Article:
The Vancouver Vacancy Tax Bylaw
The Vancouver Vacancy Tax Bylaw
And The Impact On Residential Properties And Land
In July 2017, the City of Vancouver enacted the Vancouver Vacancy Tax Bylaw. For the 2018 assessment roll year, a supplemental vacancy tax of 1% will be applied to the taxable assessed value of residential properties that are deemed to be “unoccupied” or “vacant” in accordance with the bylaw.
A property is considered residential if it falls under the Class 1 – Residential taxation bracket. Therefore, it is essential to highlight that the tax can be applied to vacant residential development land, not just single family dwellings, strata properties, and apartments.
Under the new bylaw, a residential property is considered to be unoccupied if it is not:
- the principal residence of an occupier; or
- occupied by a tenant or subtenant for a term of at least 30 consecutive days.
A residential property is considered to be vacant if it:
- has been unoccupied for more than 180 days during the vacancy reference period (12 months of the tax year); or
- is deemed to be vacant property in accordance with the by-law.
There are important exemptions available for certain properties:
- forming part of an estate of deceased;
- undergoing redevelopment or major renovations;
- where the owner is in medical care;
- with is a rental restriction or prohibition;
- where there is a transfer of title;
- if the residential property was not the principal residence of a registered owner during the vacancy reference period, but was occupied by a registered owner for a minimum of 180 days during the vacancy reference period because the registered owner worked in the City;
- subject to a court order; or
- where there is limited residential use due to physical constraints (for example, limited to vehicle parking or inability to construct due to parcel size restraints).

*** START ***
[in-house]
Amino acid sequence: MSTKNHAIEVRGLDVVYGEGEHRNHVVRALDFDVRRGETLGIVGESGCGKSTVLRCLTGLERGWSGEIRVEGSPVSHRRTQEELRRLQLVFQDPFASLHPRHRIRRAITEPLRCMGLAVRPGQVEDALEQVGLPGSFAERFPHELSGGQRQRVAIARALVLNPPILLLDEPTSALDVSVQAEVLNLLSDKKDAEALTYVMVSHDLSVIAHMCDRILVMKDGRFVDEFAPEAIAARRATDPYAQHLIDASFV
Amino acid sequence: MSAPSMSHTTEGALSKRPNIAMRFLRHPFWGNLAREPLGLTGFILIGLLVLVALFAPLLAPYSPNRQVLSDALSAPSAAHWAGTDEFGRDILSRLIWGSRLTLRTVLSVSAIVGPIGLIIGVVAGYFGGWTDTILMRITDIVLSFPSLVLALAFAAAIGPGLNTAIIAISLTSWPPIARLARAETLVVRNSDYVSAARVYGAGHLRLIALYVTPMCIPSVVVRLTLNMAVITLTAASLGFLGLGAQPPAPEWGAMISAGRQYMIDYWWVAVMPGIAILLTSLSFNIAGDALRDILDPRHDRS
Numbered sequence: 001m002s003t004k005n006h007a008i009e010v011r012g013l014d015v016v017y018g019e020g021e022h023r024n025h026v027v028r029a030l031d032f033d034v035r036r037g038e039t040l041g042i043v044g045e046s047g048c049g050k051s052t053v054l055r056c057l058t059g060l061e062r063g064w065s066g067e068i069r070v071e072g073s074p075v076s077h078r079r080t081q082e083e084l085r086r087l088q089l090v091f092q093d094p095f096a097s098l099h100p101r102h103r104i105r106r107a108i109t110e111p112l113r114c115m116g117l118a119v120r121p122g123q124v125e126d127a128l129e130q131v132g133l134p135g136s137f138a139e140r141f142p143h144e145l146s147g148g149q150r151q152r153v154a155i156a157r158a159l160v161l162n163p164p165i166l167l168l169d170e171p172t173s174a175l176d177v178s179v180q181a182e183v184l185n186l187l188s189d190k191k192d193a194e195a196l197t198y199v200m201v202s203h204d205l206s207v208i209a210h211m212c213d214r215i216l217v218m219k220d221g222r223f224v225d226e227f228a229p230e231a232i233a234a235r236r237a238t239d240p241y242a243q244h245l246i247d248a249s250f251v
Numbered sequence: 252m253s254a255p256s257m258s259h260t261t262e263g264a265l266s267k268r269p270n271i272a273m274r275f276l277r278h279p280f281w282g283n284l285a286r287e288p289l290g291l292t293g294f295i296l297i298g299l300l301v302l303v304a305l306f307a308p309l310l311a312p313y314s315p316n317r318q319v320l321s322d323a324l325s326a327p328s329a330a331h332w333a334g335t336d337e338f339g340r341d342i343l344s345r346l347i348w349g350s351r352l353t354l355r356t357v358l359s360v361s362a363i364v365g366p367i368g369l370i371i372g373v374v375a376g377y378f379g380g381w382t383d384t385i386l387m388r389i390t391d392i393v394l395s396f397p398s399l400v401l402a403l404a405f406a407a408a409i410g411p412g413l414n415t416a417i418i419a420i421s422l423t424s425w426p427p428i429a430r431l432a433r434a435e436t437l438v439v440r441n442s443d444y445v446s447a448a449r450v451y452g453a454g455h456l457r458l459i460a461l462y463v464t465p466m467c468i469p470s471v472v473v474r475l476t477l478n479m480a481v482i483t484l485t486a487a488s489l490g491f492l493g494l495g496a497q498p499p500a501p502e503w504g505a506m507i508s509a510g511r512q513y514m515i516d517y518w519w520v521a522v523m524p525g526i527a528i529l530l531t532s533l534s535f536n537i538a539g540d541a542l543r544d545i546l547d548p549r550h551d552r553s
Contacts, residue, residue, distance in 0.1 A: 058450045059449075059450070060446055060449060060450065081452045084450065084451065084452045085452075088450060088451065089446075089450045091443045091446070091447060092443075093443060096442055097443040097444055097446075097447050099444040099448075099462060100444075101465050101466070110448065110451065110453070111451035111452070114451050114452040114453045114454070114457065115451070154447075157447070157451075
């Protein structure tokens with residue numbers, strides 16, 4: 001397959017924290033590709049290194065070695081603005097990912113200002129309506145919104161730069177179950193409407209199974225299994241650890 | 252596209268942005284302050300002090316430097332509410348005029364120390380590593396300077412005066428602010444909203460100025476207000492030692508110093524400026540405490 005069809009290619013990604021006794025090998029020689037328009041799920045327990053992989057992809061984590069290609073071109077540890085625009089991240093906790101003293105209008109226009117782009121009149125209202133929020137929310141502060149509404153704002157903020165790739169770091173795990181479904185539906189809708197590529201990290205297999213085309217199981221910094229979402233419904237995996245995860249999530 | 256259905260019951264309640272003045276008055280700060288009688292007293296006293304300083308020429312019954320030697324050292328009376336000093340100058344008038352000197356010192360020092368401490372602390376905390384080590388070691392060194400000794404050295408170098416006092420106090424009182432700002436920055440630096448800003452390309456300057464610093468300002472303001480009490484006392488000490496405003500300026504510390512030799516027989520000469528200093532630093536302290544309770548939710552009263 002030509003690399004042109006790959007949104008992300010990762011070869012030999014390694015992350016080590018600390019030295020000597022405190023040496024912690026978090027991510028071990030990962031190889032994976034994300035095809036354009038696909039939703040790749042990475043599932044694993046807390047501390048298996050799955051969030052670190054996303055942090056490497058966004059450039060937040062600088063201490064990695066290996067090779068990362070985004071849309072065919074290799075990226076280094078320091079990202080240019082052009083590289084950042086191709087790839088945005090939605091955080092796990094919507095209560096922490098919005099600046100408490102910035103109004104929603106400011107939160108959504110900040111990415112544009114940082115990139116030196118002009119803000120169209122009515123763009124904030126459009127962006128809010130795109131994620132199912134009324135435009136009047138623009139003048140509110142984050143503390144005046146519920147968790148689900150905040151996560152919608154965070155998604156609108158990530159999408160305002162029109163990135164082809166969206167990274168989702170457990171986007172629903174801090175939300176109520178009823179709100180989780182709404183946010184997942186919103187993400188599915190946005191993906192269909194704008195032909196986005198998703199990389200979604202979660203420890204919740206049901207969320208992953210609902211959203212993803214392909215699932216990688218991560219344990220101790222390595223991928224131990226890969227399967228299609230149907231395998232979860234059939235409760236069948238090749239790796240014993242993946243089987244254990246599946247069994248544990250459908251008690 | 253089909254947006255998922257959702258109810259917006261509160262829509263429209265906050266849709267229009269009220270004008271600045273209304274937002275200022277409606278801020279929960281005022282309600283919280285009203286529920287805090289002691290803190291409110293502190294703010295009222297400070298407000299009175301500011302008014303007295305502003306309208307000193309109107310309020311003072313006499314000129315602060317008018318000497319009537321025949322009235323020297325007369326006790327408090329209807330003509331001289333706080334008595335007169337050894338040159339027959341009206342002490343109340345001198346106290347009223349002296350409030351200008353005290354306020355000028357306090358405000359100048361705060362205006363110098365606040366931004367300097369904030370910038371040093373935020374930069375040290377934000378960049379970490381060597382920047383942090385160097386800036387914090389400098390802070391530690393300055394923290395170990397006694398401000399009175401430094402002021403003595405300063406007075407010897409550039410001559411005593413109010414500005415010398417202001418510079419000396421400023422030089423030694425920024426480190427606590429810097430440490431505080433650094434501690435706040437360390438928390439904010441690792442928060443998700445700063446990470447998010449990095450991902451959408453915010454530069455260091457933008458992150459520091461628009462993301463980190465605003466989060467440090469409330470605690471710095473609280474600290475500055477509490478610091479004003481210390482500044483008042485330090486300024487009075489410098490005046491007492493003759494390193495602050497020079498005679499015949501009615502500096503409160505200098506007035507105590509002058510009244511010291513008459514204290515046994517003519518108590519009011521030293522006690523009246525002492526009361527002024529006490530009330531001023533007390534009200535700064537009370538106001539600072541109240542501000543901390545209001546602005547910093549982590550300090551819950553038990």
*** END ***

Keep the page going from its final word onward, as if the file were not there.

For properties under redevelopment of major renovations, permits and development applications must be filed and development diligent pursued. For more specific information for major renovations, heritage renovations, phased developments, and please consult the Bylaw #11674.
The administration of the system is essentially self-reporting in that property status declaration forms will be mailed to registered owners, however, the City will also rely on complaints of citizens to allow them to investigate bylaw contravention. The forms will be mailed at the end of December, with a requirement of being completed and returned by the 2nd business day of February. If the owner fails to complete a property status declaration as required, the property will be deemed vacant and subject to the tax. Tax notices would then be sent out by the 10th business day of March.
Penalties for violating the any provision in the bylaw are stiff, ranging from $250 to $10,000 per offence. Fines for continuing offences are of the same magnitude, but are administered on a daily basis, per offence.
On whole, it will be an interesting upcoming year to see how the City handles the implementation, public response, and enforcement of this new program.
If you have any questions about the new vacancy tax, please do not hesitate to call 778-329-9290 and speak with Nolan Rivers. More information can also be found on the City of Vancouver website.